Ukraine destroys Russian armour
Nato accused Russia of active involvement in the “destabilisation” of eastern Ukraine, where pro-Kremlin separatists have been fighting against Kiev for four months. The two countries have also been wrangling for days over a Russian convoy that Moscow says is carrying aid for besieged rebel-held cities but which Kiev suspects could be a “Trojan horse” to provide military help to the insurgents.
Fears that the border clash could spill into all-out war between Kiev and Moscow sent major share markets tumbling across Europe and the United States. Ukrainian President Petro Poroshenko told British Prime Minister David Cameron that government artillery had destroyed a “considerable part” of a small military convoy that entered the country, the presidency said in a statement.
The European Union demanded that Russia put an “immediate stop” to hostilities on the border, while Britain summoned Moscow’s ambassador to Ukraine to “clarify” the situation.
“If there are any Russian military personnel or vehicles in Ukraine they need to be withdrawn immediately or the consequences will be very serious,” Foreign Secretary Philip Hammond said.
Moscow has rejected the charges it sent military hardware across the border, its latest denial of Western accusations it is funnelling weapons to the pro-Kremlin separatists who launched an insurgency against Kiev in April.
But Nato chief Anders Fogh Rasmussen backed reports of the “Russian incursion”. “It just confirms the fact that we see a continued flow of weapons and fighters from Russia into the eastern Ukraine,” he said.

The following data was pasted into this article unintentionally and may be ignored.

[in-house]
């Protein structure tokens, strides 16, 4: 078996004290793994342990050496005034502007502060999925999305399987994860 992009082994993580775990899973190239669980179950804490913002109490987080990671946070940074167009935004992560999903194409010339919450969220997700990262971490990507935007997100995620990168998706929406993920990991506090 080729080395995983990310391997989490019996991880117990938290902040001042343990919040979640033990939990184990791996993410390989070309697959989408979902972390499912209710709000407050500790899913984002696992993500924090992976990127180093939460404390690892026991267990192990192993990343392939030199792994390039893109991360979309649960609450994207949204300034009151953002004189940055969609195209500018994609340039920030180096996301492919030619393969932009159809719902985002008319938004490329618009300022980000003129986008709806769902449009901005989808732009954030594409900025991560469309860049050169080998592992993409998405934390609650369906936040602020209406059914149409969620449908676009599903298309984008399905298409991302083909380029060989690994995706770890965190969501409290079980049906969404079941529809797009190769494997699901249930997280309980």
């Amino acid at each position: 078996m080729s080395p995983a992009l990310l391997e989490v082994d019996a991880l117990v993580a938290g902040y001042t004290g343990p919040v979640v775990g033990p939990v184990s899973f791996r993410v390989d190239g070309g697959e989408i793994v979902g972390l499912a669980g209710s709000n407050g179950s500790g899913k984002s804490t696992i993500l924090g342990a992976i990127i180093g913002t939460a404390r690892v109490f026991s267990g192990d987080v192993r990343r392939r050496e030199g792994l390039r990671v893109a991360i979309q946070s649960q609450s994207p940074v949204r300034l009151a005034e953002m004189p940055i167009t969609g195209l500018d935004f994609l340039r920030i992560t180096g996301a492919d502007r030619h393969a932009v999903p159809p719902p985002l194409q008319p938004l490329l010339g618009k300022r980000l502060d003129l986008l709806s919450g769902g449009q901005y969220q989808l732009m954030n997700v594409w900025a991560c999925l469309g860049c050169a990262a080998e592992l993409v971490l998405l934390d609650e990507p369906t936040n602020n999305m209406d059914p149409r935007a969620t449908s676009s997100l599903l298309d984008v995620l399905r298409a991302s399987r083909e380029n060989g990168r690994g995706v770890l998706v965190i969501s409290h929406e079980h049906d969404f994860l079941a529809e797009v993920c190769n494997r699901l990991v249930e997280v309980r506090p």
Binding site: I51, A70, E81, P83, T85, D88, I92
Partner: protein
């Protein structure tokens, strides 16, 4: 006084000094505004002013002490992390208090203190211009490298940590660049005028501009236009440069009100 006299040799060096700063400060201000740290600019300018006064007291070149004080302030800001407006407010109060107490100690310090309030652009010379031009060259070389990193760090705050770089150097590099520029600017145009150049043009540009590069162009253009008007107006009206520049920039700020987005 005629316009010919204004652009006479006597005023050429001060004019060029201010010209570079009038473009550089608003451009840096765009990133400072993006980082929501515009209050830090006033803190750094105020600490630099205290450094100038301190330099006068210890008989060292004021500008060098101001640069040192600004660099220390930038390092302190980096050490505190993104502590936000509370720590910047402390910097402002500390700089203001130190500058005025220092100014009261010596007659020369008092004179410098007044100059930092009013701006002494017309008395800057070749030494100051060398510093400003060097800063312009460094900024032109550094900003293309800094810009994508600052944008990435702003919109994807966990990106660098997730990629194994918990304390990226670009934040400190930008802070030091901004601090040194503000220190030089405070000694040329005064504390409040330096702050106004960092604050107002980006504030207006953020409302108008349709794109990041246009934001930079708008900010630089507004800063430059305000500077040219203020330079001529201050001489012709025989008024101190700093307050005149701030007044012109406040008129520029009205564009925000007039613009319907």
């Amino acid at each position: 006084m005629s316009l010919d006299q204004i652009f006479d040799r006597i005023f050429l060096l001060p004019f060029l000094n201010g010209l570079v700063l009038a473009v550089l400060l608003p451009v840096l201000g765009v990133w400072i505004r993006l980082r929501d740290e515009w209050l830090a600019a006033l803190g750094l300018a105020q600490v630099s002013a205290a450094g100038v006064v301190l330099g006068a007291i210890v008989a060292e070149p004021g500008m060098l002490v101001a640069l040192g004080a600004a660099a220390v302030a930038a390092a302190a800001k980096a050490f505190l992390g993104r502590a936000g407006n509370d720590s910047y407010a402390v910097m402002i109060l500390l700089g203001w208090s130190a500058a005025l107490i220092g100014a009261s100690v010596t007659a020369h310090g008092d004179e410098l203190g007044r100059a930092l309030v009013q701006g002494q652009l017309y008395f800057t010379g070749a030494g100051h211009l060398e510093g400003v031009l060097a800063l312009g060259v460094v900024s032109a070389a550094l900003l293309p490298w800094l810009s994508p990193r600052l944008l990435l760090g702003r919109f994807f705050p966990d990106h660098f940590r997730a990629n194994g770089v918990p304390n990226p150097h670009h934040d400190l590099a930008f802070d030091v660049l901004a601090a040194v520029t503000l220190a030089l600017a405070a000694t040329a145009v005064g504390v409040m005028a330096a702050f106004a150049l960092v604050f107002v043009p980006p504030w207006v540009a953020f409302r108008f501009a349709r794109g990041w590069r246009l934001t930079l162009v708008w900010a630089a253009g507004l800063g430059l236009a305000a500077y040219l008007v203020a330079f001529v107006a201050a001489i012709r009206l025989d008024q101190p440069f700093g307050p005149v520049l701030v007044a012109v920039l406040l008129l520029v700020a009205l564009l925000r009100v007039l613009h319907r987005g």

“It is a clear demonstration of continued Russian involvement in the destabilisation of eastern Ukraine.”
Russia’s foreign ministry ominously accused Ukraine of “attempts to derail the supply of humanitarian aid” as doubts swirled over what will happen next to almost 300 Russian trucks parked up some 30-km from Ukraine’s border. Moscow accused Kiev of stepping up military operations with the “obvious goal” of blocking the agreed route. It had appeared earlier that the two countries might reach a deal to allow the convoy into Ukraine to help people in the east who are without water, food or power. But the ICRC said they were still ironing out details over the shipment.
“People are struggling to cope with limited access to basic services such as water and electricity, so speed is of the essence,” said Laurent Corbaz, ICRC head of operations for Europe and Central Asia.
Ukraine fears the convoy could be used as a pretext to invade, as a pro-Moscow rebellion shows signs of unravelling after four months of fighting that has left more than 2,000 people dead including children and sent around 285,000 fleeing their homes.
Moscow has insisted the white-tarpaulin trucks are hauling aid and officials tried to prove that by showing off the contents of 10 lorries baby formula, rations and bottled water to journalists.
“We’ve shown you everything. You see that we have nothing to hide — these trucks are carrying nothing but humanitarian aid,” said Sergei Karavaytsev, from Russia’s emergency situations ministry.